I feel awful for my folks, though.  They just had to replace their floor furnace over the summer, then their water heater developed a leak in the fall and it had to be replaced.  Now this.  $8,000 worth of heating appliance replacements of one type or another in a six month period.  Smiley Sad  Plus, two years ago they had to replace their wall furnace, which wasn't cheap, either.  The only thing left now is my water heater, which is older than theirs was.  I'm knocking on wood until my knuckles ache with that one.  

 

And, to top it off, they have to replace my roof next year with a metal one.  THAT will cost a pretty penny, I can tell you.  Probably the most expensive thing yet.  Theirs was seven or eight thousand when they had it replaced six or seven years ago.  My house is smaller, so it will be less, but it will still cost three arms and five legs.  

 

I'm so exhausted.  Smiley Sad  


AMD FX-6100 | Samsung 250GB 840 EVO SSD | Western Digital Blue 500GB HDD | 16GB DDR3-1866 | EVGA Geforce GTX 550ti | Windows 10 Pro 64-bit
11 REPLIES 11
Professor

Re: Furnace woes....

Jeez, @GabeU, that stinks.  Have they installed the new (and very expensive!) furnace?  

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Distinguished Professor III

Re: Furnace woes....

@maratsade

 

Yep, it's in.  It's working, and working well, but yeah, we got hosed.  Not much of a choice, I guess.  What makes matters worse is that I used to sell HVAC equipment, so I know how badly we're getting hosed.  Smiley Sad   

 

Granted, there was some 18" heavy insulated flex, a reducing supply plenum, a boxed return plenum, a few sheet metal fittings, three supply registers and about six hours work for two guys.  I guess somehow those things equate to well over $2000, as the furnace, in reality, costs well under $1500.  

 

Then again, like any business, they have to make a profit, and if they only charged for things at their cost and only charged for the actual cost of their time they would make very little.  So, I get it, but I just didn't expect it to be THAT high.  I figured anywhere from $3000 to $3500, depending on how long it took and what materials they had to use.  $4000 was a bit of a shock, but at least now I have heat.  And, with the rebates that my folks may be eligible for, they may get a few hundred back, so it may end up being closer to what I thought in the end.  I'm keeping my fingers crossed on that one.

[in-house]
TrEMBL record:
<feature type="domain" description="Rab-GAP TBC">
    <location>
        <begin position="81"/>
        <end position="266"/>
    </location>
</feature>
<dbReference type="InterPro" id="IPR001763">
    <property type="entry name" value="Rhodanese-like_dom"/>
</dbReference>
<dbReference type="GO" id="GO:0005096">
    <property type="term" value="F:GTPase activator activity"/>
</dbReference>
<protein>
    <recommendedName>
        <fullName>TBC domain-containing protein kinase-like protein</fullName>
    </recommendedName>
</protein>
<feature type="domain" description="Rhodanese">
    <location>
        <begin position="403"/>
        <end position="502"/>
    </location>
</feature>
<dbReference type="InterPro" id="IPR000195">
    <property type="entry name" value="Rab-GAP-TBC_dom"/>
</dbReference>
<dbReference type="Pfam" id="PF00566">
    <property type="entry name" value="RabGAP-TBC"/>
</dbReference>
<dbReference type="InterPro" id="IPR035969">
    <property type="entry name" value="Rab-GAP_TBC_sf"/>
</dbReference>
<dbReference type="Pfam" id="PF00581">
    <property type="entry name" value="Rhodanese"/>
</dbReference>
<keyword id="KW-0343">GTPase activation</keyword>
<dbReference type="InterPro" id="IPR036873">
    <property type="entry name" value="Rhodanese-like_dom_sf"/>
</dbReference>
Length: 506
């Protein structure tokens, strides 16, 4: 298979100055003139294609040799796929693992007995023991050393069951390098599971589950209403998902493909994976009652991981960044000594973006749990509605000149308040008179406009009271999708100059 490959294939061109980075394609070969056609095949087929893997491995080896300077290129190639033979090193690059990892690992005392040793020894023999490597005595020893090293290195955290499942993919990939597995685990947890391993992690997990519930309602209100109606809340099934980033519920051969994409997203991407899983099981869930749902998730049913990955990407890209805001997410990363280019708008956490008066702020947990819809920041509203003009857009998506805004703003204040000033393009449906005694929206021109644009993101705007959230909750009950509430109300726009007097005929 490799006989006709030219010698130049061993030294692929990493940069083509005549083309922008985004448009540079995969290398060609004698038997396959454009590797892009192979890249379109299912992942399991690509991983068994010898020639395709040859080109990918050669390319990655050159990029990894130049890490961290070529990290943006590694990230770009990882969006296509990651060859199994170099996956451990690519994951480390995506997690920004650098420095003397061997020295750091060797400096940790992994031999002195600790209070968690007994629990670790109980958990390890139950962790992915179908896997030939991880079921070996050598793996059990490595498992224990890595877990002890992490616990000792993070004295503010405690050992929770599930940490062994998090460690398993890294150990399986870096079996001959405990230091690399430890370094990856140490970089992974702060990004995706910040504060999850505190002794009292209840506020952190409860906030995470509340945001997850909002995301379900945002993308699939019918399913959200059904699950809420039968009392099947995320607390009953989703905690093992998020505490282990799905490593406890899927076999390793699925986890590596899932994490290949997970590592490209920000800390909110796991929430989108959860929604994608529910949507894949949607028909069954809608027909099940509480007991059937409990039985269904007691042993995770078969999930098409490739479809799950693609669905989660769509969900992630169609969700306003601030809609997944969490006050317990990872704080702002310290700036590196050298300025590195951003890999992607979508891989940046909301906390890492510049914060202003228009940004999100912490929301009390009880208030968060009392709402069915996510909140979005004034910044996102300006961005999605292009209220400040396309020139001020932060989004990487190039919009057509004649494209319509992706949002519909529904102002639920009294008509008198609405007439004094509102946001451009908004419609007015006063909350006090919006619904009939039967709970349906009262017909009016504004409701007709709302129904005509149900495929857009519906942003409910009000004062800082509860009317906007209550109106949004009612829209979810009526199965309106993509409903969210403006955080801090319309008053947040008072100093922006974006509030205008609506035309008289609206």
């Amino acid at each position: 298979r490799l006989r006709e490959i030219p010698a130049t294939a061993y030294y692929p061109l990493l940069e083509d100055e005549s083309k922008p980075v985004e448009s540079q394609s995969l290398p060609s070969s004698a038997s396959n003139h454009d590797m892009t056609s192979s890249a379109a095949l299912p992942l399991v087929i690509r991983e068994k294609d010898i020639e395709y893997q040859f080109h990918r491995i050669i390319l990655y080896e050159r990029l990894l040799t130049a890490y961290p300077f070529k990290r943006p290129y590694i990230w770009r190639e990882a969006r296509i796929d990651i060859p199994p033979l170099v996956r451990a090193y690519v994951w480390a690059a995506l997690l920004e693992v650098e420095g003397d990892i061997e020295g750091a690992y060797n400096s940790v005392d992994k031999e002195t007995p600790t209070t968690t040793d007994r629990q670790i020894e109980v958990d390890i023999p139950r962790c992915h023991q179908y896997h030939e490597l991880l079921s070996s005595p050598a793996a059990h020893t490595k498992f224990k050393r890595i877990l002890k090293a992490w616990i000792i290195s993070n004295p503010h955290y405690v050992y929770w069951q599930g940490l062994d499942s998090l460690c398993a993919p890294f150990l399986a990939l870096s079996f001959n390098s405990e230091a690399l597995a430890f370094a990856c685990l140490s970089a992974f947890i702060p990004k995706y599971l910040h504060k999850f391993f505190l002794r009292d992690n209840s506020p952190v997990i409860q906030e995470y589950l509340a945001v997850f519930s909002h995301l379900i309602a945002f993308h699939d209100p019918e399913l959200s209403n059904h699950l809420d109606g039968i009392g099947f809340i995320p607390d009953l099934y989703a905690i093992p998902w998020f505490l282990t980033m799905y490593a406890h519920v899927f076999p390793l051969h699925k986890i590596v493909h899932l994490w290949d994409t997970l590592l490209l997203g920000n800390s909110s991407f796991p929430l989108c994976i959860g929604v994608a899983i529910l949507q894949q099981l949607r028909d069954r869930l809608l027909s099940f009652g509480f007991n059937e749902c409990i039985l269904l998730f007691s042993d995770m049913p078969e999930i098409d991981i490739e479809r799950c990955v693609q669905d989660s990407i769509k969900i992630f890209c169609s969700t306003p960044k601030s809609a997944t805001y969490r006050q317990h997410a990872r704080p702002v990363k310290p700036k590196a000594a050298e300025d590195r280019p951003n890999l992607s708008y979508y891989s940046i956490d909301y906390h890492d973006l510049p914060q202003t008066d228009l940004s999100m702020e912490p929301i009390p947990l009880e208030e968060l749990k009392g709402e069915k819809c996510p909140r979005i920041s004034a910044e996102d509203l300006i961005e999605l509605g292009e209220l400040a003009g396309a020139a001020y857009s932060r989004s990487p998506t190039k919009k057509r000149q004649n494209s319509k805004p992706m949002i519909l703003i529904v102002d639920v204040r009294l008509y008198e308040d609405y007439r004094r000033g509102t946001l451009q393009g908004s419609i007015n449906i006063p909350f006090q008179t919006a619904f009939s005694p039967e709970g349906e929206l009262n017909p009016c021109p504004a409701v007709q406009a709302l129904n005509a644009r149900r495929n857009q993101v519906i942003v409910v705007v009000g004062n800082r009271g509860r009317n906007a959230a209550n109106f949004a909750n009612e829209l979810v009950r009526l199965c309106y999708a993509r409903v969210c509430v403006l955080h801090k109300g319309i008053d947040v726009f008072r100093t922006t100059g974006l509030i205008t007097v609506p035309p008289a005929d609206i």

They were nice guys and they did get it done pretty quickly.  They also didn't mind me checking in on them a few times throughout the day.  Smiley Tongue  

 

There was an issue of it short cycling, but it turned out that the installers forgot to change the orientation of the condensate trap.  It comes pre-installed for an upright installation, but this was a horizontal installation.  So, about an hour after they left their head mechanic got here and had it fixed within twenty minutes.  He could immediately see what was wrong and easily changed it.  

 

My house, OTOH, was a mess.  The basement floor is pretty much mud, due to it being a dirt floor and snow melting around the house, with some of the melt draining through the rock foundation.  I had to come in the house a few times to quickly check the thermostat and the airflow from the registers when it was short cycling, so my mud tracks were on the floor.  Ugh! 

 

But, in the end, I have heat.  Smiley Happy Smiley Happy Smiley Happy  Now, after getting roughly five hours of sleep in 47 hours, I'm a bit tired.  I think I'll sleep very well tonight.  Smiley Tongue  


AMD FX-6100 | Samsung 250GB 840 EVO SSD | Western Digital Blue 500GB HDD | 16GB DDR3-1866 | EVGA Geforce GTX 550ti | Windows 10 Pro 64-bit
Professor

Re: Furnace woes....

Well, that was quite the ordeal. One hopes you're all set for a long time now!  The labour charges are usually pretty steep, indeed. Recently I had a plumber over, and on going over the invoice, I noticed a very healthy charge for "trip." That was in addition to parts and labour.  So the travel time may be part of your bill too.  We have no choice unless we all become Renaissance men, so we just bend over and think of England (or America, as the case may be). Smiley Wink